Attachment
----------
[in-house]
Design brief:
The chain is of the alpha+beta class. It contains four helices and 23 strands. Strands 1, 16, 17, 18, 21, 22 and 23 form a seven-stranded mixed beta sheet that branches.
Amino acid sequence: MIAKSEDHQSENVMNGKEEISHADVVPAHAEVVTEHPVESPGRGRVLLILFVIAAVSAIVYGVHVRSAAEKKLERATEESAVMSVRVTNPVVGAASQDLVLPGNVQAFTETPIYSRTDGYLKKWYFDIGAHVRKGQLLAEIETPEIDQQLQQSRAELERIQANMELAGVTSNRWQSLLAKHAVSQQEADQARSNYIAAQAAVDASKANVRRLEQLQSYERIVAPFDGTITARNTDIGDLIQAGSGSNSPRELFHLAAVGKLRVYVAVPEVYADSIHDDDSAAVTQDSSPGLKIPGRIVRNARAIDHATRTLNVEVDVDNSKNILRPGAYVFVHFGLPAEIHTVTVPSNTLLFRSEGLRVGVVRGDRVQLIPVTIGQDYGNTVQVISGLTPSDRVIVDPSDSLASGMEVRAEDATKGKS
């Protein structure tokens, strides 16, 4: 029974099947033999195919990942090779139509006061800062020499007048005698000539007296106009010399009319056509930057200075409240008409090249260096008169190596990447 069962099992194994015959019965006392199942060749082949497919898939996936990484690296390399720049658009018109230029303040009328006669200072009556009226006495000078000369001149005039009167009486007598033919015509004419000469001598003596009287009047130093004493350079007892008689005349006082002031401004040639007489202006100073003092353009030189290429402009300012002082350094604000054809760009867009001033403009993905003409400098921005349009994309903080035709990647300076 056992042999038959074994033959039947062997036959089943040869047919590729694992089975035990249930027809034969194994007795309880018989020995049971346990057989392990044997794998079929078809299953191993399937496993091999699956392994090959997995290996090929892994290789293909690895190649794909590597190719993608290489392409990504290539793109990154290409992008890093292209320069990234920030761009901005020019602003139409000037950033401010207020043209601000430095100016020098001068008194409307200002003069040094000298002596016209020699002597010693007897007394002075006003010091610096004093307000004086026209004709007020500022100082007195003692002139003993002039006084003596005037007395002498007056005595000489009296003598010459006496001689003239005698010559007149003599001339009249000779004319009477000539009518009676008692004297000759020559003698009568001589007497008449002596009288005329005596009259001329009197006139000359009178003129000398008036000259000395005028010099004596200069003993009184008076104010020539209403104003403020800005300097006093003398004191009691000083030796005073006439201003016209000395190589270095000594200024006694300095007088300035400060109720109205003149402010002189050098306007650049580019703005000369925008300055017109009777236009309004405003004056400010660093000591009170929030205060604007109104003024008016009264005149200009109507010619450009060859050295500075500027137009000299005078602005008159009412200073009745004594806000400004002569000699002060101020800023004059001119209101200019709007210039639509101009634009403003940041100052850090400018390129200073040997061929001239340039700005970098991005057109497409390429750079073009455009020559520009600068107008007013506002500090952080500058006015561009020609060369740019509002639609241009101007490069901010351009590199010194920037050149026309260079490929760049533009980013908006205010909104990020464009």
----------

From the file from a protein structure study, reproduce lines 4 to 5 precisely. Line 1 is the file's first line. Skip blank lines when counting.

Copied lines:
Amino acid sequence: MIAKSEDHQSENVMNGKEEISHADVVPAHAEVVTEHPVESPGRGRVLLILFVIAAVSAIVYGVHVRSAAEKKLERATEESAVMSVRVTNPVVGAASQDLVLPGNVQAFTETPIYSRTDGYLKKWYFDIGAHVRKGQLLAEIETPEIDQQLQQSRAELERIQANMELAGVTSNRWQSLLAKHAVSQQEADQARSNYIAAQAAVDASKANVRRLEQLQSYERIVAPFDGTITARNTDIGDLIQAGSGSNSPRELFHLAAVGKLRVYVAVPEVYADSIHDDDSAAVTQDSSPGLKIPGRIVRNARAIDHATRTLNVEVDVDNSKNILRPGAYVFVHFGLPAEIHTVTVPSNTLLFRSEGLRVGVVRGDRVQLIPVTIGQDYGNTVQVISGLTPSDRVIVDPSDSLASGMEVRAEDATKGKS
């Protein structure tokens, strides 16, 4: 029974099947033999195919990942090779139509006061800062020499007048005698000539007296106009010399009319056509930057200075409240008409090249260096008169190596990447 069962099992194994015959019965006392199942060749082949497919898939996936990484690296390399720049658009018109230029303040009328006669200072009556009226006495000078000369001149005039009167009486007598033919015509004419000469001598003596009287009047130093004493350079007892008689005349006082002031401004040639007489202006100073003092353009030189290429402009300012002082350094604000054809760009867009001033403009993905003409400098921005349009994309903080035709990647300076 056992042999038959074994033959039947062997036959089943040869047919590729694992089975035990249930027809034969194994007795309880018989020995049971346990057989392990044997794998079929078809299953191993399937496993091999699956392994090959997995290996090929892994290789293909690895190649794909590597190719993608290489392409990504290539793109990154290409992008890093292209320069990234920030761009901005020019602003139409000037950033401010207020043209601000430095100016020098001068008194409307200002003069040094000298002596016209020699002597010693007897007394002075006003010091610096004093307000004086026209004709007020500022100082007195003692002139003993002039006084003596005037007395002498007056005595000489009296003598010459006496001689003239005698010559007149003599001339009249000779004319009477000539009518009676008692004297000759020559003698009568001589007497008449002596009288005329005596009259001329009197006139000359009178003129000398008036000259000395005028010099004596200069003993009184008076104010020539209403104003403020800005300097006093003398004191009691000083030796005073006439201003016209000395190589270095000594200024006694300095007088300035400060109720109205003149402010002189050098306007650049580019703005000369925008300055017109009777236009309004405003004056400010660093000591009170929030205060604007109104003024008016009264005149200009109507010619450009060859050295500075500027137009000299005078602005008159009412200073009745004594806000400004002569000699002060101020800023004059001119209101200019709007210039639509101009634009403003940041100052850090400018390129200073040997061929001239340039700005970098991005057109497409390429750079073009455009020559520009600068107008007013506002500090952080500058006015561009020609060369740019509002639609241009101007490069901010351009590199010194920037050149026309260079490929760049533009980013908006205010909104990020464009």